Before we go back to Neil for further comments and the Q&A, I'd like to go to slides 9 and 10 and recap the growth in our asset base. As we are putting capital and resources into this asset base, it is important to note that our strategy is that these assets are there to support customer bases developed in the course of our marketing activities.

In other words, the plants are located in regions where our marketing activities play a strong role. Slide 9 shows our operating facilities, consisting of Madera, Boardman, and our 42% ownership in Front Range Energy. Both Madera and Front Range ran well during the quarter, exceeding design basis.

In addition, Boardman began operating in September and operated very well, exceeding design basis in its first month of operation. Overall, the plants produced at a rate of about 10% over design. We are very pleased with the operating performance of our plants, as well as the continued focus on safety, health and environmental programs at each site.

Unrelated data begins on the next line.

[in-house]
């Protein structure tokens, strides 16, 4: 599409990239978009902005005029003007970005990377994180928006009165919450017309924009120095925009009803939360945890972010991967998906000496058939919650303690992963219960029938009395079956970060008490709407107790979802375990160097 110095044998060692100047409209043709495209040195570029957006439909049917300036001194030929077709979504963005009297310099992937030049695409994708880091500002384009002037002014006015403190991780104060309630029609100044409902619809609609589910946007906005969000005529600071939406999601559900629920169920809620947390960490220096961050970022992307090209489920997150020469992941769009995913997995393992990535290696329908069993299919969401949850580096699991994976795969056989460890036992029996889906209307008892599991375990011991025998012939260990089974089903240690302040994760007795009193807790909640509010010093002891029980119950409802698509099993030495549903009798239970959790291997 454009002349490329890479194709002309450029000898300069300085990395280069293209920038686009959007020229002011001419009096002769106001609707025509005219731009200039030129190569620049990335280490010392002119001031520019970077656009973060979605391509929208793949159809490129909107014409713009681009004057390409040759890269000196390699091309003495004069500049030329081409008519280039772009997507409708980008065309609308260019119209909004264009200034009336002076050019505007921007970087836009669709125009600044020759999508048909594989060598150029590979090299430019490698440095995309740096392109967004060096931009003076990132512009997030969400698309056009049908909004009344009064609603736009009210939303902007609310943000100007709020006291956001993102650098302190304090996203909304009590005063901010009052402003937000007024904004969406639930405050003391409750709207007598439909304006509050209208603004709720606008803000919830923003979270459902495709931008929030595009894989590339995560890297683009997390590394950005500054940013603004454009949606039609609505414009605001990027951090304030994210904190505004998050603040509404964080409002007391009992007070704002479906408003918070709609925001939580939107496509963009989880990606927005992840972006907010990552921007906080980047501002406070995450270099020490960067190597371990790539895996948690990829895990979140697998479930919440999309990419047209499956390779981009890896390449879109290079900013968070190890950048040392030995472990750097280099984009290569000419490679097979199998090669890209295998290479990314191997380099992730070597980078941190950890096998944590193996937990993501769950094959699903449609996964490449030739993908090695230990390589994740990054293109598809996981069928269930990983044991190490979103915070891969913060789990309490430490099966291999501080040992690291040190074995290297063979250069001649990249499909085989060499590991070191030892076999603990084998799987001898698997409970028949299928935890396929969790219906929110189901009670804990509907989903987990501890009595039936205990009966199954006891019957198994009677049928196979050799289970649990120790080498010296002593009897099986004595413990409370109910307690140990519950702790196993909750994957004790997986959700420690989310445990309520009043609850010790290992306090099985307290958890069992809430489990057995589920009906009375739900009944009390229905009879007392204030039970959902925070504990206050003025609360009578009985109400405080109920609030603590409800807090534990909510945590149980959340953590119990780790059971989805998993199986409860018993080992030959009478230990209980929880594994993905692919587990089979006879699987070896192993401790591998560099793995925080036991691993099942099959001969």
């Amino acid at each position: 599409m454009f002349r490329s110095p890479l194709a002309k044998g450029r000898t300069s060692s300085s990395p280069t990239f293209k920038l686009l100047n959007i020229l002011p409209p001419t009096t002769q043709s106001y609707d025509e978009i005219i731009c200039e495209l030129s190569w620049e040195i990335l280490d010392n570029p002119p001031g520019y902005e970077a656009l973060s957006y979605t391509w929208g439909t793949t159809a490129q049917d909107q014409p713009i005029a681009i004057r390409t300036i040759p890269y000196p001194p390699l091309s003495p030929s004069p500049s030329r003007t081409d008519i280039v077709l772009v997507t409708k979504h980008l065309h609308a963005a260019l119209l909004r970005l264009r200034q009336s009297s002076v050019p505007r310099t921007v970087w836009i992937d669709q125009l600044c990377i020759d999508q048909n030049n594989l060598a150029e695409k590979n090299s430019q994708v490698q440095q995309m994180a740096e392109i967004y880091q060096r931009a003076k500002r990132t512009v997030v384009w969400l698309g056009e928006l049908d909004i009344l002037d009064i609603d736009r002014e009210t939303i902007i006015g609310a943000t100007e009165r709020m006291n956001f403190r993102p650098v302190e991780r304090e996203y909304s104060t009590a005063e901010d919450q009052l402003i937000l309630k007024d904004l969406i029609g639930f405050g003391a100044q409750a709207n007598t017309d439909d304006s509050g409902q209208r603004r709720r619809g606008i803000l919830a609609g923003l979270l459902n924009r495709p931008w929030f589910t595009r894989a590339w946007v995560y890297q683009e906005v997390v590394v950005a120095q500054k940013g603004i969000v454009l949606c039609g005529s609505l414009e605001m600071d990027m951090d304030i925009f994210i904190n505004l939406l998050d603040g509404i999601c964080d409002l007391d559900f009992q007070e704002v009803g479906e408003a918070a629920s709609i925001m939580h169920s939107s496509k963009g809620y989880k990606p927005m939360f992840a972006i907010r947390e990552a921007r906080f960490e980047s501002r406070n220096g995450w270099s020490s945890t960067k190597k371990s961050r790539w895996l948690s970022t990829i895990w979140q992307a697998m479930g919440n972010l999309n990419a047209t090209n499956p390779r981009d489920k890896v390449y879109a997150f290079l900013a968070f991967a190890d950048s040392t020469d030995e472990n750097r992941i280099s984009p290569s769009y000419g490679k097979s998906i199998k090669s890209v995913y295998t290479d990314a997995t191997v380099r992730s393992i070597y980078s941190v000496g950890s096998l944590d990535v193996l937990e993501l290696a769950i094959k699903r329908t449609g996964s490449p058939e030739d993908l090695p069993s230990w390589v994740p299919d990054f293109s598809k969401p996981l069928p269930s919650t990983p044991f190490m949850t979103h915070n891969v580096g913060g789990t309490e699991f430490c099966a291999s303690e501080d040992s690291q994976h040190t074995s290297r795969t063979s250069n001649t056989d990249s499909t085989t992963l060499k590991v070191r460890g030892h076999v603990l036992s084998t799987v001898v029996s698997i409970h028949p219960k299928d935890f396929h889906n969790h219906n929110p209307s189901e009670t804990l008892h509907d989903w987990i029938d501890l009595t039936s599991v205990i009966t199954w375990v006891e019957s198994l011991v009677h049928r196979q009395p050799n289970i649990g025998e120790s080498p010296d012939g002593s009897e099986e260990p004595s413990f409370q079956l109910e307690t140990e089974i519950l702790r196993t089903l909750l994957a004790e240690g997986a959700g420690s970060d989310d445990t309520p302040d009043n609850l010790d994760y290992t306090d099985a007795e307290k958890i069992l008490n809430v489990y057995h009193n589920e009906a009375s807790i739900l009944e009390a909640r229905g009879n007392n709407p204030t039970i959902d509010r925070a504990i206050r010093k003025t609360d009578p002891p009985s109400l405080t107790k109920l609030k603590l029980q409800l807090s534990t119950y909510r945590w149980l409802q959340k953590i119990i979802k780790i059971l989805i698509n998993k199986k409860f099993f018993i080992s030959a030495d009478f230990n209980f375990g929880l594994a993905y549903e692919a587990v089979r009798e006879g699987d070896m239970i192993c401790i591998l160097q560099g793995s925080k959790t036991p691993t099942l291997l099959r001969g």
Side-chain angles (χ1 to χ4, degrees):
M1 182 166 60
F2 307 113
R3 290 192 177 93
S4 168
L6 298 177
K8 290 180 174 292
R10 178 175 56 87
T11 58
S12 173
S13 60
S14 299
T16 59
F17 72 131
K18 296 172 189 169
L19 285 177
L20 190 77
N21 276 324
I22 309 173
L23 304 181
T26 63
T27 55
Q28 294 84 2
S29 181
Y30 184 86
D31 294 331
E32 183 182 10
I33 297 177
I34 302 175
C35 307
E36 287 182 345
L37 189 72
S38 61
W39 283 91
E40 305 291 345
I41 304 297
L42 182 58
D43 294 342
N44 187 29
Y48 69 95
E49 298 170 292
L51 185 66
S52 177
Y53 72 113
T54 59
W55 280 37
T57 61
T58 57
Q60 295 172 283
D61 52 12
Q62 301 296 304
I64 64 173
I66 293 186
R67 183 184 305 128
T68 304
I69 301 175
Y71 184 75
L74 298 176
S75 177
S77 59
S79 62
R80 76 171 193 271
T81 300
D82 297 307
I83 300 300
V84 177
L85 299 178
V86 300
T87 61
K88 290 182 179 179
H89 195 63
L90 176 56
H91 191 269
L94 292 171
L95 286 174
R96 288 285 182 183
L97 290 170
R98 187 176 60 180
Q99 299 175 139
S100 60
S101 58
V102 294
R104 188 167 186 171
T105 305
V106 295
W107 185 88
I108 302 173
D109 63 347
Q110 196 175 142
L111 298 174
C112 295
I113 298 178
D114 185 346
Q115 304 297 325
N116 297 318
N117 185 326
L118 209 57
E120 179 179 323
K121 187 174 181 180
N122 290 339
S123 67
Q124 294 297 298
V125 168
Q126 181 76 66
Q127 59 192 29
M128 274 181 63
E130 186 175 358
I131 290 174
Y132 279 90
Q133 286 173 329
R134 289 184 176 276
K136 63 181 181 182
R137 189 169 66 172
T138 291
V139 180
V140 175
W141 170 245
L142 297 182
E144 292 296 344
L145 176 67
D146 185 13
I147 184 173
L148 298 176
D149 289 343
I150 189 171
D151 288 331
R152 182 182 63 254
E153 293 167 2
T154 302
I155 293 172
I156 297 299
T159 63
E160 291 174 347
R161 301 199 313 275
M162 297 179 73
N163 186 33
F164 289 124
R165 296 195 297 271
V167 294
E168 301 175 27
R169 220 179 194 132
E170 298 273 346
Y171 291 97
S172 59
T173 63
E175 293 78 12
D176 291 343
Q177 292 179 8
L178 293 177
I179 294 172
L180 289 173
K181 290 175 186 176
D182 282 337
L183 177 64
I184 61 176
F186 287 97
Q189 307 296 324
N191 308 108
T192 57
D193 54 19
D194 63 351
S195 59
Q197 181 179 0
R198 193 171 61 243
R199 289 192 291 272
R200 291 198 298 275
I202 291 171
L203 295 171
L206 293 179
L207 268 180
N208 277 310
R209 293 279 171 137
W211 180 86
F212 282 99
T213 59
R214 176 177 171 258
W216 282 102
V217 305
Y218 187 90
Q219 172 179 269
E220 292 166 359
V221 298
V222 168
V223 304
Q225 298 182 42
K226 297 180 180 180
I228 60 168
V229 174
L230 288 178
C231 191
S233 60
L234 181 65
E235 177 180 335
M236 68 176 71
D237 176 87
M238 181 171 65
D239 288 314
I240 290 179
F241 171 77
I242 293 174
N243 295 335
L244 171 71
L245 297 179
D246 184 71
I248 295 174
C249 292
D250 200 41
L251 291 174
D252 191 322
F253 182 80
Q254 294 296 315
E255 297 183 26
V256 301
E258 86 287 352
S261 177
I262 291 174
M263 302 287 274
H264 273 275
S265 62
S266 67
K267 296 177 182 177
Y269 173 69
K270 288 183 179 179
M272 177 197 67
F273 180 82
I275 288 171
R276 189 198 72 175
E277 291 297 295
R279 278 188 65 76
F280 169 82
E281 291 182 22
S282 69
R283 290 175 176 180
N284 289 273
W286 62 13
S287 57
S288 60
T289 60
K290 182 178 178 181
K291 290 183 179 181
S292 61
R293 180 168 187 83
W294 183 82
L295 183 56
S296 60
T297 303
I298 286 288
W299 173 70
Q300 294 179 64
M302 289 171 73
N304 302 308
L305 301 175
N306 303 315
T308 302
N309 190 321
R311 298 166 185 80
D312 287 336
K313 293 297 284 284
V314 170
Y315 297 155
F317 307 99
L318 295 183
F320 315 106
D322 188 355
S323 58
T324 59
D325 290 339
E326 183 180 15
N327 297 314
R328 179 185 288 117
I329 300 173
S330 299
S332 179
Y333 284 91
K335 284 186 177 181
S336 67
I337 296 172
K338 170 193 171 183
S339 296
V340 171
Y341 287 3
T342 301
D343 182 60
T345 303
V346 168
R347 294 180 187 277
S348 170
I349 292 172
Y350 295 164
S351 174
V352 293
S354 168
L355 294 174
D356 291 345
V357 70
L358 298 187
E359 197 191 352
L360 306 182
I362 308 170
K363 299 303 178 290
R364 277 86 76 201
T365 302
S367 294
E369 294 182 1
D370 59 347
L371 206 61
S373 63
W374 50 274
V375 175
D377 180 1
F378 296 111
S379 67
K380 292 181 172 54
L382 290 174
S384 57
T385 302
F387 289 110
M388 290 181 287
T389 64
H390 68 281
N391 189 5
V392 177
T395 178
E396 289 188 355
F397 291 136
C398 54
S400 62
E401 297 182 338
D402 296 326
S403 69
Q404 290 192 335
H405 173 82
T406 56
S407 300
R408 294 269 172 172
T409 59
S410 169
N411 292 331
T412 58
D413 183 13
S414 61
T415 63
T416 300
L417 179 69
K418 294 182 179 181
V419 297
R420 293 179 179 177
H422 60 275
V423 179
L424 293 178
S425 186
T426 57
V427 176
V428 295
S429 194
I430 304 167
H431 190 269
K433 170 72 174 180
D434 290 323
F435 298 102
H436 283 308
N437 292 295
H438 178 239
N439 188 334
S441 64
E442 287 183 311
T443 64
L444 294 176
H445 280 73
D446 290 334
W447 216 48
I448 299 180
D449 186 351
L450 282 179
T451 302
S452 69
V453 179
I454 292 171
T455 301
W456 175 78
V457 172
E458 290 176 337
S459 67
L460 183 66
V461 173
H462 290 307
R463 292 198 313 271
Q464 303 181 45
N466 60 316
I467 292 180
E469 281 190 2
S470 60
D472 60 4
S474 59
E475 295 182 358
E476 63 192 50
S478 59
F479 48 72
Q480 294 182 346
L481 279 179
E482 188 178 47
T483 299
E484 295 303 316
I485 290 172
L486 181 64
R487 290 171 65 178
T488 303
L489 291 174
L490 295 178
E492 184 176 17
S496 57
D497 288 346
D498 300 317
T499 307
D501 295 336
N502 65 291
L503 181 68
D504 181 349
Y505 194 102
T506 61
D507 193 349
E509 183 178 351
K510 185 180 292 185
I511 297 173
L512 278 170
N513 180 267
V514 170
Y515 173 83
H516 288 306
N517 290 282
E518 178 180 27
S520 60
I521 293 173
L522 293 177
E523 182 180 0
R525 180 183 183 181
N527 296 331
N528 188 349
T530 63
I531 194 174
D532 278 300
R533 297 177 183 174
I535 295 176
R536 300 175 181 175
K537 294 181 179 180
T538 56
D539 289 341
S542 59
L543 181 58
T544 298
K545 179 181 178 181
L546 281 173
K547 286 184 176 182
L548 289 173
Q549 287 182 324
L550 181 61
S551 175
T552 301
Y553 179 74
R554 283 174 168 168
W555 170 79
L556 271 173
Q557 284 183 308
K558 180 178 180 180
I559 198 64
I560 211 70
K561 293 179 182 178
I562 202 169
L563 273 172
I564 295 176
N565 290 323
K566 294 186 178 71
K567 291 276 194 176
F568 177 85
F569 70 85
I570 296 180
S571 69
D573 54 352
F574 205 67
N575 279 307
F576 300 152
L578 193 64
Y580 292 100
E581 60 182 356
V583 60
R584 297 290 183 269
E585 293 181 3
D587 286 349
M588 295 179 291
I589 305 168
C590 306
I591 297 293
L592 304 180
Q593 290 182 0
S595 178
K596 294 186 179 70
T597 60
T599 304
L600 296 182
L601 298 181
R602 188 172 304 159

In these critical first months and years of operation, the culture, policies and practices will set the tone for years to come. Slide 10 shows the plants under construction and the targeted completion dates as of this point.

Over the last two years, the company has made strong and consistent progress on its goals. Over that two-year period, as Neil pointed out, the importance of ethanol in the transportation fuel supply has grown, and our company has increased market share.

During that time we have built a strong team that has implemented our marketing and plant build-out strategies. With our people and capital resources in place, we are well-positioned in the important and growing renewables fuel business.

Now back to Neil for further comments before the Q&A.

Neil Koehler